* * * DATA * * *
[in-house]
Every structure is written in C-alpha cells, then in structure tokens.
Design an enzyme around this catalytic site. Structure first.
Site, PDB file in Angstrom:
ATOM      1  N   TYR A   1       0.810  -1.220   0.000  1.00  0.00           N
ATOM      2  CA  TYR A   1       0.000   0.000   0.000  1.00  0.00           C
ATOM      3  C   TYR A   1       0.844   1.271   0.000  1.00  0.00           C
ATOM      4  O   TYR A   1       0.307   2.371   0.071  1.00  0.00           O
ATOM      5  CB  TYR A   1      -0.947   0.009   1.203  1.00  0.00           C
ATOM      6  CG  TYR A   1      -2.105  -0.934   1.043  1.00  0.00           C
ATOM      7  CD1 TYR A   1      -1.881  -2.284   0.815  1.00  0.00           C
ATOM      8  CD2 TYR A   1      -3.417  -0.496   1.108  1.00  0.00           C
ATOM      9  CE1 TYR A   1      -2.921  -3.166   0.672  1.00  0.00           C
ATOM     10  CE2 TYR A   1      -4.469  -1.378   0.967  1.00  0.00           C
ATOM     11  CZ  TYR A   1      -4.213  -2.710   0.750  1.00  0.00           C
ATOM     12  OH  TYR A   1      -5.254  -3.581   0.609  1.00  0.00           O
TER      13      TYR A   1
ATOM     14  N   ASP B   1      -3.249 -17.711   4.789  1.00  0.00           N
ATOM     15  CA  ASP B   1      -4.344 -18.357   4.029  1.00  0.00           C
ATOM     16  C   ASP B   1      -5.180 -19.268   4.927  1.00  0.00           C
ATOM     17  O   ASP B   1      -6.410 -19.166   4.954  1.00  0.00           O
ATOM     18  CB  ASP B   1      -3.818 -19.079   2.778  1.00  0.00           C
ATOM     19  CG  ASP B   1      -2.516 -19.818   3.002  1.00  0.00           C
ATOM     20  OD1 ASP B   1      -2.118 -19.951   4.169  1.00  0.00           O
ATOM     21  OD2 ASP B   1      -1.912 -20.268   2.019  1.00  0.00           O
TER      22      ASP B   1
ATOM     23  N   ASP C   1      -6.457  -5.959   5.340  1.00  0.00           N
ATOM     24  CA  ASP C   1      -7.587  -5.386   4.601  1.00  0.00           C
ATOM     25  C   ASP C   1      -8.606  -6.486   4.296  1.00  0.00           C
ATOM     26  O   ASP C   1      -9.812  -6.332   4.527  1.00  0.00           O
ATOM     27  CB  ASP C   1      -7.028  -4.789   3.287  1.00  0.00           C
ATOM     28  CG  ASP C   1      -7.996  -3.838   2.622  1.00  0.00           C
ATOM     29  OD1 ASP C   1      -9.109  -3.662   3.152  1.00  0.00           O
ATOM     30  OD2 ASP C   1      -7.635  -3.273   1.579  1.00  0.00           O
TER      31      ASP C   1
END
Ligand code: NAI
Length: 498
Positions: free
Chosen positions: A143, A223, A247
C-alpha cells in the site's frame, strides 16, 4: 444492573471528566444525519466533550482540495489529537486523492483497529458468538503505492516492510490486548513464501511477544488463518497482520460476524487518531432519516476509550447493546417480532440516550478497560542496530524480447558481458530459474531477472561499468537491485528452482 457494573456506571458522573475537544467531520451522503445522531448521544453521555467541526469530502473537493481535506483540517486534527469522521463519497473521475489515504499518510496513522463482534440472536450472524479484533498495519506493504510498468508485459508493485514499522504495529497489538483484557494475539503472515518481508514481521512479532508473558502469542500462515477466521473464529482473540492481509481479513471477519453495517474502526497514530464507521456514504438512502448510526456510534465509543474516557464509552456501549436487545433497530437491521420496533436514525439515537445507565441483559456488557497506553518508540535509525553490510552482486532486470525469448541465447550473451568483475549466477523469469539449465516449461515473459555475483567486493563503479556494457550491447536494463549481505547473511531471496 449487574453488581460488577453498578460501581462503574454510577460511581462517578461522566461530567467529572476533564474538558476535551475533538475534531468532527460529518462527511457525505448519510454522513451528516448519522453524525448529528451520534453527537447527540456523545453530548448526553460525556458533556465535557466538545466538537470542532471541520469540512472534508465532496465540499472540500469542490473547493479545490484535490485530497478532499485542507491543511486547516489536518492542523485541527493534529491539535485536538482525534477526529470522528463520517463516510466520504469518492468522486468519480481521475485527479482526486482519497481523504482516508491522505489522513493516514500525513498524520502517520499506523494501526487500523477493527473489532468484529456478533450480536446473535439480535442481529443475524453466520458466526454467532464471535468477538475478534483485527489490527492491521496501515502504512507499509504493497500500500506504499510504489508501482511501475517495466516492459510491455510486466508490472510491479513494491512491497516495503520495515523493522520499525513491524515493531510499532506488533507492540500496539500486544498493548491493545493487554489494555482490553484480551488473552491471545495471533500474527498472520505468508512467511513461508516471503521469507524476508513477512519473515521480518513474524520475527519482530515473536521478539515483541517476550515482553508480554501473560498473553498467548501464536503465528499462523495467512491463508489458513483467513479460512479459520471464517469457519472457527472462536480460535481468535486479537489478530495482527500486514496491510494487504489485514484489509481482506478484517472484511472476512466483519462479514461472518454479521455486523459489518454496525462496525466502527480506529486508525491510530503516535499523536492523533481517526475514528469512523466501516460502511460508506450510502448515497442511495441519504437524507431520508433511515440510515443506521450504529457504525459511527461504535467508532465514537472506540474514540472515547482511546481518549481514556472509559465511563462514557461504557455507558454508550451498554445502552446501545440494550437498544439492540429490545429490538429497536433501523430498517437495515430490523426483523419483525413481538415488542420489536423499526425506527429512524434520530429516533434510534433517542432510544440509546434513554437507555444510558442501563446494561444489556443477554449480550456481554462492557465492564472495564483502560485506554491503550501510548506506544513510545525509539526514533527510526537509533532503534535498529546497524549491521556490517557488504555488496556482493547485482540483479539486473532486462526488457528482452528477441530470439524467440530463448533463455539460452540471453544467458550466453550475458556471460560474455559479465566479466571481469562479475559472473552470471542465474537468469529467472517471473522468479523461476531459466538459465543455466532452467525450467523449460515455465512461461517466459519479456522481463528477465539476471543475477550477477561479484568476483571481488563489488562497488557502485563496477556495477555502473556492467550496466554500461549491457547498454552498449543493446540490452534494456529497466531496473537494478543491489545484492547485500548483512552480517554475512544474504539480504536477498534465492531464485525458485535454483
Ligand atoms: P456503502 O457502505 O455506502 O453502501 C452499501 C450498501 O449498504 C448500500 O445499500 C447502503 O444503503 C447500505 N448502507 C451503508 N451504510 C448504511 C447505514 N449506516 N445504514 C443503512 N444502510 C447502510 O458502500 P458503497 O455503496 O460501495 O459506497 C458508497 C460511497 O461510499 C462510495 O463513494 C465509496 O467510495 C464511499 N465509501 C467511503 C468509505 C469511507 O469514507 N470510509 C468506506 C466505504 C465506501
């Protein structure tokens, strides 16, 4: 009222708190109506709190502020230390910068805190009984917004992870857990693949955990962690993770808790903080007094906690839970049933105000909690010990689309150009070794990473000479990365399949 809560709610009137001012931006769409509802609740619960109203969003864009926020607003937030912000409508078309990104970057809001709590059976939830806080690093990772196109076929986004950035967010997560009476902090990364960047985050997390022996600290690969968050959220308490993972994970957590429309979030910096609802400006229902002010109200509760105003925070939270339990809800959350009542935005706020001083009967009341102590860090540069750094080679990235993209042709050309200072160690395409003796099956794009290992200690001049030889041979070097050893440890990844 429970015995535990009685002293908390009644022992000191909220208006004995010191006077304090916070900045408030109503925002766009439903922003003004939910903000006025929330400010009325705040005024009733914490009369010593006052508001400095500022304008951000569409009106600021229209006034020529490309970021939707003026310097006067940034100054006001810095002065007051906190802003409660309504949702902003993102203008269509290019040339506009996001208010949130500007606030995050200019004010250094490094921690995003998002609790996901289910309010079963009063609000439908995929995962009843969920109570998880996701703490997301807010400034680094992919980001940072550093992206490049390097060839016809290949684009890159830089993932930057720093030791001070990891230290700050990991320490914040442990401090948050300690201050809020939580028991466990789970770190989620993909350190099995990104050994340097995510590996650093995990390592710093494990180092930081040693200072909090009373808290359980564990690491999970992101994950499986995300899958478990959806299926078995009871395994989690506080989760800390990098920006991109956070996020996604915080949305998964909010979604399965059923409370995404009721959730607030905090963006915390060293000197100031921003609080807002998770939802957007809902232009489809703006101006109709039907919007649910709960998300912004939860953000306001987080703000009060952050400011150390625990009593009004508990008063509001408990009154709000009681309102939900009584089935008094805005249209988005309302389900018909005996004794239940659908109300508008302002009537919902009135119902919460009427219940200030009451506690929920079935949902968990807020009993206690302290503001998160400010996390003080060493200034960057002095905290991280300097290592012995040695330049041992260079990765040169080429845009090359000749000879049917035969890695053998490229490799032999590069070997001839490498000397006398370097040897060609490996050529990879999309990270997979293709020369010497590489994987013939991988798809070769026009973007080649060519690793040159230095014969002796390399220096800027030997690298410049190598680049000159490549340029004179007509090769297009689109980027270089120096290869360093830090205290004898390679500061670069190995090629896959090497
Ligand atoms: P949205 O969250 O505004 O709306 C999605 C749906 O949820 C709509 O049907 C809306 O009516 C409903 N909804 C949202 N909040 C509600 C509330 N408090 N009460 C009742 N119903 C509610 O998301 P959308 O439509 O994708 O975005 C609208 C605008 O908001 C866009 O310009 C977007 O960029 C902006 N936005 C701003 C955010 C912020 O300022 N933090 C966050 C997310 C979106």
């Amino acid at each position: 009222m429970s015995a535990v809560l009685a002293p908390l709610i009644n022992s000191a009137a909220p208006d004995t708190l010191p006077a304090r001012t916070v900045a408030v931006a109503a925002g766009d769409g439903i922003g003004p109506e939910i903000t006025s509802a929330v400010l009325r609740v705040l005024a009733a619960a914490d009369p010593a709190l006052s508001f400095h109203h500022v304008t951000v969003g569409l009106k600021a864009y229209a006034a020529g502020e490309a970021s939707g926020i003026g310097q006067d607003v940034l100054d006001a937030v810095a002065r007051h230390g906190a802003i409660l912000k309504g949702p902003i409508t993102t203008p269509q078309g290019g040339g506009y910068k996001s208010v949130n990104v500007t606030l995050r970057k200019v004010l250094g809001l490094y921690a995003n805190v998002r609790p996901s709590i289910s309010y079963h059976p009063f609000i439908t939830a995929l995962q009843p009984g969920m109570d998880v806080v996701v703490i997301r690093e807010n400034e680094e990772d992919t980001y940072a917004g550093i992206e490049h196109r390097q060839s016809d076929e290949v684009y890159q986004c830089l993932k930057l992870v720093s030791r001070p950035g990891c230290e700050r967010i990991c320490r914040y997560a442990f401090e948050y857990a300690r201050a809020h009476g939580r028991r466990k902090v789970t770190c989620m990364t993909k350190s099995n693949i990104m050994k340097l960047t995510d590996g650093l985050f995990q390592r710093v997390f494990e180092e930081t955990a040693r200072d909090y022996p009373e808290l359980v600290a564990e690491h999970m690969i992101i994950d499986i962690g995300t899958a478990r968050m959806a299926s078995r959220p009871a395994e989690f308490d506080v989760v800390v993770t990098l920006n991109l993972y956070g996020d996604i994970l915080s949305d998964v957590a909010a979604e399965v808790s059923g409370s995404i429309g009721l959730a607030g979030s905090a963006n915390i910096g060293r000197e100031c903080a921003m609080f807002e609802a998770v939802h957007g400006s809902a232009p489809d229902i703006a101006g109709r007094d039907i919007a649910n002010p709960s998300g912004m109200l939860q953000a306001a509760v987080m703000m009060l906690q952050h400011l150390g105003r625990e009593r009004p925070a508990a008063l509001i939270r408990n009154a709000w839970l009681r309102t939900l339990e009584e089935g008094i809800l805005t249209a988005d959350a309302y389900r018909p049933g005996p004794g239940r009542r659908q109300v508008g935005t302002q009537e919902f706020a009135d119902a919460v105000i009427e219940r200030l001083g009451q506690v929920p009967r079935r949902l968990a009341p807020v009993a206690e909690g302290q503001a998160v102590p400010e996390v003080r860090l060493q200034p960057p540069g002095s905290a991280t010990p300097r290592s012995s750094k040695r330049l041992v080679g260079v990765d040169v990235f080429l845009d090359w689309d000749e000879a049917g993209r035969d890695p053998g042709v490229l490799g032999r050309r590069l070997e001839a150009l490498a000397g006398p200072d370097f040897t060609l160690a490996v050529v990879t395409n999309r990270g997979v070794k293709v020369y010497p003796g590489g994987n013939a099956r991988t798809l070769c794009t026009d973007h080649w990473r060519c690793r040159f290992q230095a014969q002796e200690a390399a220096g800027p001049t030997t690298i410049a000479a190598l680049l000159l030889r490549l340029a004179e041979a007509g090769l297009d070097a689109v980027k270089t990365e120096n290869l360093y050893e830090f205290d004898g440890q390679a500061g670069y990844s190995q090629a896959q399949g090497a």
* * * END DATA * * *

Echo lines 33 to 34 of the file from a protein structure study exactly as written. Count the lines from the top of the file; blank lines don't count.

ATOM     29  OD1 ASP C   1      -9.109  -3.662   3.152  1.00  0.00           O
ATOM     30  OD2 ASP C   1      -7.635  -3.273   1.579  1.00  0.00           O